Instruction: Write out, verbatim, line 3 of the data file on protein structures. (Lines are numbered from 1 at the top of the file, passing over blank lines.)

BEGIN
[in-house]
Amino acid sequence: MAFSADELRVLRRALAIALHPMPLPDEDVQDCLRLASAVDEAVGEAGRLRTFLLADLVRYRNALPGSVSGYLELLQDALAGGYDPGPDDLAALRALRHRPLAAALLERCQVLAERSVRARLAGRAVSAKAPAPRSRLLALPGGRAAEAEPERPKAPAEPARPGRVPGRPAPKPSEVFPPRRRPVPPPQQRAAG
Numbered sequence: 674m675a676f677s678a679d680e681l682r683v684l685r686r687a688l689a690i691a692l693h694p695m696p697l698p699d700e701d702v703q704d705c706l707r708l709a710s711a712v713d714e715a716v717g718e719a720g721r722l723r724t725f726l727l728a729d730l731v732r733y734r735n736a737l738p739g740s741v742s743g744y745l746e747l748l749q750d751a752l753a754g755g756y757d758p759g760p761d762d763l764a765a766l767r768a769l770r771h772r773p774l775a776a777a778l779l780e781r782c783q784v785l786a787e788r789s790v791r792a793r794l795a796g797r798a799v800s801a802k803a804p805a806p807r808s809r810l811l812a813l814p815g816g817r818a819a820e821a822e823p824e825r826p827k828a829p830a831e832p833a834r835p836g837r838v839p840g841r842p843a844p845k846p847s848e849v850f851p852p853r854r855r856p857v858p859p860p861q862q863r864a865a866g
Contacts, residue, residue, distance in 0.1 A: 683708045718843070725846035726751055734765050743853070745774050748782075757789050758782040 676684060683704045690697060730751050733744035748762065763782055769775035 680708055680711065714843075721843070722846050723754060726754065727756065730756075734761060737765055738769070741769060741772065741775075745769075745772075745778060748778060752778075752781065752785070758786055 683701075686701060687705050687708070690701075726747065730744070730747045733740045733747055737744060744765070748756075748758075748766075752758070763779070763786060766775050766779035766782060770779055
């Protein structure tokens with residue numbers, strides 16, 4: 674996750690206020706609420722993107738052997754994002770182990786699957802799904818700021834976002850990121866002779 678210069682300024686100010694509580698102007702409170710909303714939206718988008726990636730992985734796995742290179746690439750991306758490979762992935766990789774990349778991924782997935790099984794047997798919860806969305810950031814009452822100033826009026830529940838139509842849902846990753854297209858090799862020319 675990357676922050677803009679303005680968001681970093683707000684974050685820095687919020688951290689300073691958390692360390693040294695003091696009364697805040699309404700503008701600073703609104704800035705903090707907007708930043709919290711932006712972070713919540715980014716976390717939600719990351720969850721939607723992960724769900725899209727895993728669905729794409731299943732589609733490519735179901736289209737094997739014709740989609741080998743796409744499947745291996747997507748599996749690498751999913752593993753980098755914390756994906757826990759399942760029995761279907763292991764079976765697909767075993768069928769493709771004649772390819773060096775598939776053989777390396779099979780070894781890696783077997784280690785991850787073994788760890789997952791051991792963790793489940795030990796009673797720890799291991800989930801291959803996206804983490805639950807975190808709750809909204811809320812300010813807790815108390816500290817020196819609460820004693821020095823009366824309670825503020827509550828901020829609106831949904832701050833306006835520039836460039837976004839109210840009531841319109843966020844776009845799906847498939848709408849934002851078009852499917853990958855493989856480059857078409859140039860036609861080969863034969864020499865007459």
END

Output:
Numbered sequence: 674m675a676f677s678a679d680e681l682r683v684l685r686r687a688l689a690i691a692l693h694p695m696p697l698p699d700e701d702v703q704d705c706l707r708l709a710s711a712v713d714e715a716v717g718e719a720g721r722l723r724t725f726l727l728a729d730l731v732r733y734r735n736a737l738p739g740s741v742s743g744y745l746e747l748l749q750d751a752l753a754g755g756y757d758p759g760p761d762d763l764a765a766l767r768a769l770r771h772r773p774l775a776a777a778l779l780e781r782c783q784v785l786a787e788r789s790v791r792a793r794l795a796g797r798a799v800s801a802k803a804p805a806p807r808s809r810l811l812a813l814p815g816g817r818a819a820e821a822e823p824e825r826p827k828a829p830a831e832p833a834r835p836g837r838v839p840g841r842p843a844p845k846p847s848e849v850f851p852p853r854r855r856p857v858p859p860p861q862q863r864a865a866g